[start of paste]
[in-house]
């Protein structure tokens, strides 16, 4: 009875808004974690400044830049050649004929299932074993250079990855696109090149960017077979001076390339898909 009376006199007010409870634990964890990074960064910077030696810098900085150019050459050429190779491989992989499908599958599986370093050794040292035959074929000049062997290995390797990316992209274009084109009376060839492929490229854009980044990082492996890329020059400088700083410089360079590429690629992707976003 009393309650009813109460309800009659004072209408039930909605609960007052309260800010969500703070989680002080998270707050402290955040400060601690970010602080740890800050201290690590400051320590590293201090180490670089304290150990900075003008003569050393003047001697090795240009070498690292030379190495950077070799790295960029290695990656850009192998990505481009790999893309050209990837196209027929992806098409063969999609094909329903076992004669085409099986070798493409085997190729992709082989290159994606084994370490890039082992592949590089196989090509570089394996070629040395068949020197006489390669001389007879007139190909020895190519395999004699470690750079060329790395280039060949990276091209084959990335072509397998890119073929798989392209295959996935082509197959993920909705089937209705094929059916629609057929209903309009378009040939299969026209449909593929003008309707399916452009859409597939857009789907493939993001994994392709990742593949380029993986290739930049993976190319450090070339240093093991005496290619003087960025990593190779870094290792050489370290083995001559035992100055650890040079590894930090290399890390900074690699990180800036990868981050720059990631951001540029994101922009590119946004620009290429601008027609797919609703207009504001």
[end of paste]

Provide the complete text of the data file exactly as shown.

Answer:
[in-house]
């Protein structure tokens, strides 16, 4: 009875808004974690400044830049050649004929299932074993250079990855696109090149960017077979001076390339898909 009376006199007010409870634990964890990074960064910077030696810098900085150019050459050429190779491989992989499908599958599986370093050794040292035959074929000049062997290995390797990316992209274009084109009376060839492929490229854009980044990082492996890329020059400088700083410089360079590429690629992707976003 009393309650009813109460309800009659004072209408039930909605609960007052309260800010969500703070989680002080998270707050402290955040400060601690970010602080740890800050201290690590400051320590590293201090180490670089304290150990900075003008003569050393003047001697090795240009070498690292030379190495950077070799790295960029290695990656850009192998990505481009790999893309050209990837196209027929992806098409063969999609094909329903076992004669085409099986070798493409085997190729992709082989290159994606084994370490890039082992592949590089196989090509570089394996070629040395068949020197006489390669001389007879007139190909020895190519395999004699470690750079060329790395280039060949990276091209084959990335072509397998890119073929798989392209295959996935082509197959993920909705089937209705094929059916629609057929209903309009378009040939299969026209449909593929003008309707399916452009859409597939857009789907493939993001994994392709990742593949380029993986290739930049993976190319450090070339240093093991005496290619003087960025990593190779870094290792050489370290083995001559035992100055650890040079590894930090290399890390900074690699990180800036990868981050720059990631951001540029994101922009590119946004620009290429601008027609797919609703207009504001």